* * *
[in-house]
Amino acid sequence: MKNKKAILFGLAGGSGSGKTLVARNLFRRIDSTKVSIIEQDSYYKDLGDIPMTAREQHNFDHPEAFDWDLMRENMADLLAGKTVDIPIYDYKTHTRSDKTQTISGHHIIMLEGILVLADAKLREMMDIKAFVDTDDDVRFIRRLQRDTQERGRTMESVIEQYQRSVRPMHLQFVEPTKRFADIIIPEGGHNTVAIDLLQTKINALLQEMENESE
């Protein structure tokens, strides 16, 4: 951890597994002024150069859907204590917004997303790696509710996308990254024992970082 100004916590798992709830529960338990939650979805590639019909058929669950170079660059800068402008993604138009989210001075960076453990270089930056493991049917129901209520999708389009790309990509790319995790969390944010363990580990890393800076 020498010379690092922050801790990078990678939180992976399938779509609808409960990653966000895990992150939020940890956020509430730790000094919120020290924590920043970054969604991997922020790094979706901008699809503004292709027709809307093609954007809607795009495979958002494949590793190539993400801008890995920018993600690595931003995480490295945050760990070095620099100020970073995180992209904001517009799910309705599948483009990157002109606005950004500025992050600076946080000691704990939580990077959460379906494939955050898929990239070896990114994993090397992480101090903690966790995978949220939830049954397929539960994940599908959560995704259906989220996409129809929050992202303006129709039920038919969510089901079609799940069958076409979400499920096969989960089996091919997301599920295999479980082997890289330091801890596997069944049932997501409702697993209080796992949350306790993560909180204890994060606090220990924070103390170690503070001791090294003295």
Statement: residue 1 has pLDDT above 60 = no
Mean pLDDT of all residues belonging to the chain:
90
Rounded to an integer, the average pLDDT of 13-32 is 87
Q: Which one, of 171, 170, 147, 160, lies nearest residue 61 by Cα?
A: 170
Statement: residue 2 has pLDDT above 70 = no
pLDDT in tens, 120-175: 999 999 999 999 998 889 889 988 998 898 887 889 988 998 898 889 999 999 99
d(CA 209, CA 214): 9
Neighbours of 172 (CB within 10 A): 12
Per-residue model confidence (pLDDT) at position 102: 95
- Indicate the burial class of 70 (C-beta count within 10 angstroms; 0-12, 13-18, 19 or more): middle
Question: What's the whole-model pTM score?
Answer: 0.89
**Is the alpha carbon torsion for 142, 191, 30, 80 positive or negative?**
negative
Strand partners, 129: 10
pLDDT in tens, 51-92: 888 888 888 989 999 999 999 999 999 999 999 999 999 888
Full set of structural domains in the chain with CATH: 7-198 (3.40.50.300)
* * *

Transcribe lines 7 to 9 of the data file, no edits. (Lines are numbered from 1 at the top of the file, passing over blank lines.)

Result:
Rounded to an integer, the average pLDDT of 13-32 is 87
Q: Which one, of 171, 170, 147, 160, lies nearest residue 61 by Cα?
A: 170